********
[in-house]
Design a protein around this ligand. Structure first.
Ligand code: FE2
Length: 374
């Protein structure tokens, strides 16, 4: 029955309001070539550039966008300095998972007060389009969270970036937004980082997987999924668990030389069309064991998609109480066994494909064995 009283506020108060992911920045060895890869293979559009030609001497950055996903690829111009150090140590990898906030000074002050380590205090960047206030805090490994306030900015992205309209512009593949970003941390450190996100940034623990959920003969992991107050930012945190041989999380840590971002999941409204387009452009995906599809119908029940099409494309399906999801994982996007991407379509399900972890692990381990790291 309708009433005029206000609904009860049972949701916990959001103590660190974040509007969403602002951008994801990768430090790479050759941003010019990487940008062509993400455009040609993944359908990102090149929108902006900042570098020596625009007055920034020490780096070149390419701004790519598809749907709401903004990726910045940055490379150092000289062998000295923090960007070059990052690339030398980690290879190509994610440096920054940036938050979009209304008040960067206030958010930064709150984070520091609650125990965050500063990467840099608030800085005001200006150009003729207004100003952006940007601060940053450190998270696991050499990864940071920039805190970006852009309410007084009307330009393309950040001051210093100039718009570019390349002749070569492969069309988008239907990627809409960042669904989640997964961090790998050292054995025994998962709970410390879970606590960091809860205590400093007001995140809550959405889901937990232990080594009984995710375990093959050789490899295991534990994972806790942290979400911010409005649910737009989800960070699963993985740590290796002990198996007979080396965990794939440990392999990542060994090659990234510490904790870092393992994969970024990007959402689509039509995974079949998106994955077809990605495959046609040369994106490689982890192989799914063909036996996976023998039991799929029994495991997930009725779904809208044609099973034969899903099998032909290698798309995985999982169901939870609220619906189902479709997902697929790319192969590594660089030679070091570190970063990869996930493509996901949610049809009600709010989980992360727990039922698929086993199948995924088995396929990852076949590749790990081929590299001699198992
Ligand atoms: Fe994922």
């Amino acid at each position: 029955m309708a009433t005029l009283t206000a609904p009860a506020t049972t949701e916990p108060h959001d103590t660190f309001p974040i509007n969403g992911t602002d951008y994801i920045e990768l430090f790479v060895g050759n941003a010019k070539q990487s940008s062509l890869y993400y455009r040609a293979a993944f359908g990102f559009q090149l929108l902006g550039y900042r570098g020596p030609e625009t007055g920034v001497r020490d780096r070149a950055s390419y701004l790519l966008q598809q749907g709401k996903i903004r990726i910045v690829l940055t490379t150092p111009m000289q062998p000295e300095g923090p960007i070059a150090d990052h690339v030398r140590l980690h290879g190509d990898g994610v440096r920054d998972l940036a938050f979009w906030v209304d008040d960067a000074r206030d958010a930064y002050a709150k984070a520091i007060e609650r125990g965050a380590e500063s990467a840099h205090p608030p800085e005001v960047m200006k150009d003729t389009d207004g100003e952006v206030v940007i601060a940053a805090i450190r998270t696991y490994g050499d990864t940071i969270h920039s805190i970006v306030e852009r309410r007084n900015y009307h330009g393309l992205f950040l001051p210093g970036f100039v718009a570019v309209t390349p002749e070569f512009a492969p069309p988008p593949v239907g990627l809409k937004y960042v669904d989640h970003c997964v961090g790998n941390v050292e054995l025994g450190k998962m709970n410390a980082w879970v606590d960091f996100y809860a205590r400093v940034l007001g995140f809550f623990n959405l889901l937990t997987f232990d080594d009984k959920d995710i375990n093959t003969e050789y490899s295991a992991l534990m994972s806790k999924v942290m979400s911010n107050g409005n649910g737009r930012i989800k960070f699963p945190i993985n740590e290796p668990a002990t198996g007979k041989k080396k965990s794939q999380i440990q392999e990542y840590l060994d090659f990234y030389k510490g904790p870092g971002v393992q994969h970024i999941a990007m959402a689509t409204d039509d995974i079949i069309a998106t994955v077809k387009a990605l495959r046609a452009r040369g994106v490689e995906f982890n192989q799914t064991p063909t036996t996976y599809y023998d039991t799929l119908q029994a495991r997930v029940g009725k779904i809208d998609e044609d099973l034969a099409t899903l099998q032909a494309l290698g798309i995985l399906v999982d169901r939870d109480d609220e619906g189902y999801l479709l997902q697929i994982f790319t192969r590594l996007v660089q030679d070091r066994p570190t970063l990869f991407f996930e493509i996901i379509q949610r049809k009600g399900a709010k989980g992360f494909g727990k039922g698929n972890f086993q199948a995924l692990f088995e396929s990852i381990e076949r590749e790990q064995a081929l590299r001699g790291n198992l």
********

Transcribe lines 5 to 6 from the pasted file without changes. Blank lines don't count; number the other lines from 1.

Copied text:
């Protein structure tokens, strides 16, 4: 029955309001070539550039966008300095998972007060389009969270970036937004980082997987999924668990030389069309064991998609109480066994494909064995 009283506020108060992911920045060895890869293979559009030609001497950055996903690829111009150090140590990898906030000074002050380590205090960047206030805090490994306030900015992205309209512009593949970003941390450190996100940034623990959920003969992991107050930012945190041989999380840590971002999941409204387009452009995906599809119908029940099409494309399906999801994982996007991407379509399900972890692990381990790291 309708009433005029206000609904009860049972949701916990959001103590660190974040509007969403602002951008994801990768430090790479050759941003010019990487940008062509993400455009040609993944359908990102090149929108902006900042570098020596625009007055920034020490780096070149390419701004790519598809749907709401903004990726910045940055490379150092000289062998000295923090960007070059990052690339030398980690290879190509994610440096920054940036938050979009209304008040960067206030958010930064709150984070520091609650125990965050500063990467840099608030800085005001200006150009003729207004100003952006940007601060940053450190998270696991050499990864940071920039805190970006852009309410007084009307330009393309950040001051210093100039718009570019390349002749070569492969069309988008239907990627809409960042669904989640997964961090790998050292054995025994998962709970410390879970606590960091809860205590400093007001995140809550959405889901937990232990080594009984995710375990093959050789490899295991534990994972806790942290979400911010409005649910737009989800960070699963993985740590290796002990198996007979080396965990794939440990392999990542060994090659990234510490904790870092393992994969970024990007959402689509039509995974079949998106994955077809990605495959046609040369994106490689982890192989799914063909036996996976023998039991799929029994495991997930009725779904809208044609099973034969899903099998032909290698798309995985999982169901939870609220619906189902479709997902697929790319192969590594660089030679070091570190970063990869996930493509996901949610049809009600709010989980992360727990039922698929086993199948995924088995396929990852076949590749790990081929590299001699198992
Ligand atoms: Fe994922």